October 19, 2022 | 3:10 p.m
MANILA, Philippines — As travel limits are relaxed even amid the pandemic, many Filipinos planning a trip abroad have had to go through the arduous process of applying for visas at destinations where it is required.
Some of these countries are USA, Australia, UK and other European countries as well as Canada, China and Japan.
Countries may require foreigners to obtain a visa, an entry document needed to ensure one is even eligible to enter the destination country. Different types of nonimmigrant visas are also issued depending on the purpose of travel.
Visa application requirements often include proof of employment, bank statements and other evidence of financial resources, a detailed itinerary including proof of accommodation, and an interview with an embassy or consulate official.
This is on top of a visa application fee that can reach thousands of pesos.
The Philippine passport was ranked 80th in the Henley Passport Index for the third quarter of 2022, which ranks 199 passports according to their mobility in 227 destinations. The ranking is based on data from the International Air Transport Association.
Japan tops the list, with passport holders being able to visit 193 countries visa-free. In second place are Singapore and South Korea, whose passport holders have access to 192 countries.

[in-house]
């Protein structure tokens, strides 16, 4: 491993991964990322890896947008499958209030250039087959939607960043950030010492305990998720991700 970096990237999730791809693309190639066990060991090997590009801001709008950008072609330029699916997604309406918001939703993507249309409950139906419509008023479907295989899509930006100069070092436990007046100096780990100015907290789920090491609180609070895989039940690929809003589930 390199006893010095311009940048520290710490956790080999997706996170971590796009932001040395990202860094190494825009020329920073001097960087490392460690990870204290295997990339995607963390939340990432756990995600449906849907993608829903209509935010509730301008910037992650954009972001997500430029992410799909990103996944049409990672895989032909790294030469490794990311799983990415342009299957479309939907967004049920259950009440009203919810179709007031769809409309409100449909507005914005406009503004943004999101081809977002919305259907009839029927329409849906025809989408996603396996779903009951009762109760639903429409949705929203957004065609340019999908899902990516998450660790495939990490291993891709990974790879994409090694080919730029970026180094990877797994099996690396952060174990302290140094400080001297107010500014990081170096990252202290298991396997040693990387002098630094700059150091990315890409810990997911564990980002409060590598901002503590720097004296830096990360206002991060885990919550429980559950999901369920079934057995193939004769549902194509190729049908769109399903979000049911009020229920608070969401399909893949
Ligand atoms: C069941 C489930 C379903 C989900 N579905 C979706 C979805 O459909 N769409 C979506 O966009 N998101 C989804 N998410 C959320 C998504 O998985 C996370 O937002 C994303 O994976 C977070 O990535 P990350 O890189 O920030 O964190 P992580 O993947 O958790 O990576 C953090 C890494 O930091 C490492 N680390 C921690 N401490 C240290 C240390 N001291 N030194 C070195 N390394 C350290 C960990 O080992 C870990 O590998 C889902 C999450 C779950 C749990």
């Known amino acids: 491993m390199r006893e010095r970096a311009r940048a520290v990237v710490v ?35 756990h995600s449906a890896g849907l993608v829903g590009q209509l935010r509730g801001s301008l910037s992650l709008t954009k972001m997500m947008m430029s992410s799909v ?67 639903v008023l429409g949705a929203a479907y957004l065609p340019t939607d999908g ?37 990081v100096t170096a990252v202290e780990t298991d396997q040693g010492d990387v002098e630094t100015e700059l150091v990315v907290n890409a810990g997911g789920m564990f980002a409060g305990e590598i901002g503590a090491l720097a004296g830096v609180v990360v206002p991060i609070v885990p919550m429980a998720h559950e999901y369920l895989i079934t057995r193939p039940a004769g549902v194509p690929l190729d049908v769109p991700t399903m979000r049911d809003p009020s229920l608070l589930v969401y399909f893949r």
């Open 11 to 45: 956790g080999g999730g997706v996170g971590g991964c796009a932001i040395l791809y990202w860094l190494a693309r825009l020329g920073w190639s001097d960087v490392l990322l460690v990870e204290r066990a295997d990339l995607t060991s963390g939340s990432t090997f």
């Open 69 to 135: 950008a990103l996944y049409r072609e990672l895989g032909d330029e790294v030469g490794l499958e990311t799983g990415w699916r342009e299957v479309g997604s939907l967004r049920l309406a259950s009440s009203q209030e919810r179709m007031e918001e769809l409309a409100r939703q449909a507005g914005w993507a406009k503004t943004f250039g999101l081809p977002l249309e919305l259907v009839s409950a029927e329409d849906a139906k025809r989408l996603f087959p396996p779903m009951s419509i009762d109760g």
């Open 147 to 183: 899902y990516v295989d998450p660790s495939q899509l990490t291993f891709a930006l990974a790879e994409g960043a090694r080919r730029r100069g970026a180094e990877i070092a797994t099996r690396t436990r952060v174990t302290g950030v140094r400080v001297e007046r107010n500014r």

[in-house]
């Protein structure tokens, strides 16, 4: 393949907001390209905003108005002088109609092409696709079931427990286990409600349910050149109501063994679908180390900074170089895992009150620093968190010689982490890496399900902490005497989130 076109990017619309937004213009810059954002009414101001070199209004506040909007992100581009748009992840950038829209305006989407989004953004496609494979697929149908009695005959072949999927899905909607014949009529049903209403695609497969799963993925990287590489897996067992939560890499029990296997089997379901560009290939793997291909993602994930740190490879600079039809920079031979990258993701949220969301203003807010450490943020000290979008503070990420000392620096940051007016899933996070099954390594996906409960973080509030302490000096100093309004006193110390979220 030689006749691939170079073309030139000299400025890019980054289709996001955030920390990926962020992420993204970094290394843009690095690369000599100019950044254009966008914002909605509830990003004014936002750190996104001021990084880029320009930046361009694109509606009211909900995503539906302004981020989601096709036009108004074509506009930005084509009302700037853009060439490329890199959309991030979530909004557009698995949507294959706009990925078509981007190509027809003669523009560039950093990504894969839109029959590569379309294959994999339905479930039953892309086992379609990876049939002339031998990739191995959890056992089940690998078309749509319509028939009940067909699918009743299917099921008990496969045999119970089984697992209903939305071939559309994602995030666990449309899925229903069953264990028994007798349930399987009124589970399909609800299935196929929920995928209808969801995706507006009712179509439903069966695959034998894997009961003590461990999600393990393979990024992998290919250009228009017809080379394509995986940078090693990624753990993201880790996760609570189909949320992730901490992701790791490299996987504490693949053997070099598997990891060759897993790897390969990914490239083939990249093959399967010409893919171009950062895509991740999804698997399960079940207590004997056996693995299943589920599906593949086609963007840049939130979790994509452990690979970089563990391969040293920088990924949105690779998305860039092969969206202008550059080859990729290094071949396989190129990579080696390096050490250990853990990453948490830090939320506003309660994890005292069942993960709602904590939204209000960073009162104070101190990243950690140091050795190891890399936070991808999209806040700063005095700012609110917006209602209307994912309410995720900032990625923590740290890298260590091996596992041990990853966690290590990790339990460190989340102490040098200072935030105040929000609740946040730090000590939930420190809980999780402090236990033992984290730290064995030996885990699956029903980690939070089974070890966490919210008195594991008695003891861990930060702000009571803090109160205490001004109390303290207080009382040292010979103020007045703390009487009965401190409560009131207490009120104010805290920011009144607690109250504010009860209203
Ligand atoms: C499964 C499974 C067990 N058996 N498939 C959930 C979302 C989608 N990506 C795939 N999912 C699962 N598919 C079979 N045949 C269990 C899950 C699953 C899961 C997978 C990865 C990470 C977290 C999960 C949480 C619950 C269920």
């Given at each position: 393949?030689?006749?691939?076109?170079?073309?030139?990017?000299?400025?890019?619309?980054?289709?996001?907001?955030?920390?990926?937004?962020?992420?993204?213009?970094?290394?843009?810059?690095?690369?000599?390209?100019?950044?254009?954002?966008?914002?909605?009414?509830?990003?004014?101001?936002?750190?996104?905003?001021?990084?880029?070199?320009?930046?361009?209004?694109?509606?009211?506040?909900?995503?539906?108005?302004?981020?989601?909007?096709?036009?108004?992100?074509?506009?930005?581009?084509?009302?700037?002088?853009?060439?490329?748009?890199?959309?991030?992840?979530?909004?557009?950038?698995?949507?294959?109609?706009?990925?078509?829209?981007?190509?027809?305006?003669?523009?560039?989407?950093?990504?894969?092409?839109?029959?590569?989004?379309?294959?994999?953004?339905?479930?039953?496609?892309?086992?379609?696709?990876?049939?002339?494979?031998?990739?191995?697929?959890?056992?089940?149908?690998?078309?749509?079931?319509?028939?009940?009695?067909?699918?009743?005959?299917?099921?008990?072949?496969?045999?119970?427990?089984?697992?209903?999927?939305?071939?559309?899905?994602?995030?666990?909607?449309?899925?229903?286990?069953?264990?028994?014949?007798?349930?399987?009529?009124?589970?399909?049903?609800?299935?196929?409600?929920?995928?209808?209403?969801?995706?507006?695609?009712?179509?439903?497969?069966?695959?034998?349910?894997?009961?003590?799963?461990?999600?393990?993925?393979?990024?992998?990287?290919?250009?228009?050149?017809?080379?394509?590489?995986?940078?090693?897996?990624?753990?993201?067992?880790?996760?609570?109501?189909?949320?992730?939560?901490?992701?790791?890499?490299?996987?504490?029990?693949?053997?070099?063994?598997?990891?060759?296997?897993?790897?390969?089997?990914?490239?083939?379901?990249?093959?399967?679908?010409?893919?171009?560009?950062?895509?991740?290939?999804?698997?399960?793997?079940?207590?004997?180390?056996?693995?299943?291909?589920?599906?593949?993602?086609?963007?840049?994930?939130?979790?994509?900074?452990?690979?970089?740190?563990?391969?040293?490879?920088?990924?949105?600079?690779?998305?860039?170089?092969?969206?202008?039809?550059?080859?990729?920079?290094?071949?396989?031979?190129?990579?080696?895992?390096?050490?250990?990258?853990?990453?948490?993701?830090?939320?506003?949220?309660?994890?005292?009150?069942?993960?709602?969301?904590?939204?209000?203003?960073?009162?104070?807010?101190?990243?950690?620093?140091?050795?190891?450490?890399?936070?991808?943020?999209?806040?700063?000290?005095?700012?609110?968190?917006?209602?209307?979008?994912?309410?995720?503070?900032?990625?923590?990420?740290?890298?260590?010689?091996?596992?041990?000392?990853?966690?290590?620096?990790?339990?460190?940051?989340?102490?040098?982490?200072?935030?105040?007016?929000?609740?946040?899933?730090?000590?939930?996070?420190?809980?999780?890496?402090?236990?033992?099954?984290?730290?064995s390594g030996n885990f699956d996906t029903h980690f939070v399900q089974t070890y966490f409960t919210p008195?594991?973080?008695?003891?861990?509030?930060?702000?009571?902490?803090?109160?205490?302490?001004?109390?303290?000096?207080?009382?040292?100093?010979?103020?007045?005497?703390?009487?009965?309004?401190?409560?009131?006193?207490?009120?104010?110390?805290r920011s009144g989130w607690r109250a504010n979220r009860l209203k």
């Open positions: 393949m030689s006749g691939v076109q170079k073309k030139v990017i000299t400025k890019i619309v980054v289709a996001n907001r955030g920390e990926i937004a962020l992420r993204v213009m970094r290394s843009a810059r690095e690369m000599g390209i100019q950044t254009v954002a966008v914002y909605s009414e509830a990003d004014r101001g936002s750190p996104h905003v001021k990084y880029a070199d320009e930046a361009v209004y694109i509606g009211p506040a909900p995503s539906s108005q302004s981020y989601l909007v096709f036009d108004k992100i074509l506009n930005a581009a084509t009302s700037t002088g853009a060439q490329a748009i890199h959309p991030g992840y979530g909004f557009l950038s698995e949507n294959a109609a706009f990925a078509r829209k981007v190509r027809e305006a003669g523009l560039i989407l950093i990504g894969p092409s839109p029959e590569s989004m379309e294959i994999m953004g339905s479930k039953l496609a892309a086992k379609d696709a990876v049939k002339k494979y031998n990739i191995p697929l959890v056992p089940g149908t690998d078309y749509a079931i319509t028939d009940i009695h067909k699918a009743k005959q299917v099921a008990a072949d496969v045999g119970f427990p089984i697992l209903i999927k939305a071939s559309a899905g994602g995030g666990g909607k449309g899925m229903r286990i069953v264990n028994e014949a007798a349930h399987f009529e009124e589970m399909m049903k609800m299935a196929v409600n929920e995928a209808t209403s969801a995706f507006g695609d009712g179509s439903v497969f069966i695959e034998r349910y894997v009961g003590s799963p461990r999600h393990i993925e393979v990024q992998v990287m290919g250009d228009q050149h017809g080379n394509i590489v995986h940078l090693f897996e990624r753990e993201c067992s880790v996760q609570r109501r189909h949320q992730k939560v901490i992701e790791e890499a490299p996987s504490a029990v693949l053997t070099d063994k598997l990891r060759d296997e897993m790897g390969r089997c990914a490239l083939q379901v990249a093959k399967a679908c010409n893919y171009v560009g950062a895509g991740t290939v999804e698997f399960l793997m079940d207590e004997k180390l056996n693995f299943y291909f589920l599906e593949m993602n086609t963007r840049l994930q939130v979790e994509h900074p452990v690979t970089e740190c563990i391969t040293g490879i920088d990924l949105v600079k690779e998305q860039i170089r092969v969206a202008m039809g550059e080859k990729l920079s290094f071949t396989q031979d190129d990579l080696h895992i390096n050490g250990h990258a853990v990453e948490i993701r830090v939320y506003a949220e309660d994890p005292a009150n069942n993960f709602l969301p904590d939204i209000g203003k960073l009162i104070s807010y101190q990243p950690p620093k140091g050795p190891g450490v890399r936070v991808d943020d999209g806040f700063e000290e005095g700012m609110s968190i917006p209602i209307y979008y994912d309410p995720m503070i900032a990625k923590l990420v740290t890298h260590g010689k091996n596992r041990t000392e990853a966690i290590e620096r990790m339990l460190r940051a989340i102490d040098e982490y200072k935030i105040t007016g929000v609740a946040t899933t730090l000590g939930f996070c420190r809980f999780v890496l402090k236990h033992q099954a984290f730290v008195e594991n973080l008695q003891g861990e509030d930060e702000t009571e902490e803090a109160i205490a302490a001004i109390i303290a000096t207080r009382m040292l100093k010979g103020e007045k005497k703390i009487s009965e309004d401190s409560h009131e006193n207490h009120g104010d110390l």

The five most powerful passport holders also include Germany, Spain, Finland, Italy, Luxembourg, Austria, Denmark, the Netherlands and Sweden.
The Philippines ranks only 80th, with 160 countries requiring a visa to travel.
Filipino passport holders can only visit 67 countries visa-free as the country sometimes has visa policies and agreements with other nations.
For example, ASEAN countries have signed a visa waiver agreement, allowing their passport holders to travel freely within the region.
Although some Filipinos were successful in obtaining visas, some would stay longer rather than return home. In 2019, the US suspended the issuance of temporary H-2A/H-2B work visas after the US Department of Homeland Security raised issues of human trafficking and overstaying.
Gap in “freedom to travel”
dr Jürg Steffen, CEO of Henley & Partners, notes that there is a “growing travel freedom gap” between countries, with the highest-ranked and lowest-ranked passports split by 166 destinations.
There is also a strong correlation between a country’s passport power and its “peace readiness”.
Stephen Klimczuk-Massion, Quondam Fellow at Oxford University’s Saïd Business School and member of the Andan Foundation Advisory Committee, noted that a person’s passport affects how they are treated in destination countries.
“The relative strength or weakness of a particular national passport directly impacts the passport holder’s quality of life and can even be a matter of life and death,” said Klimczuk-Massion.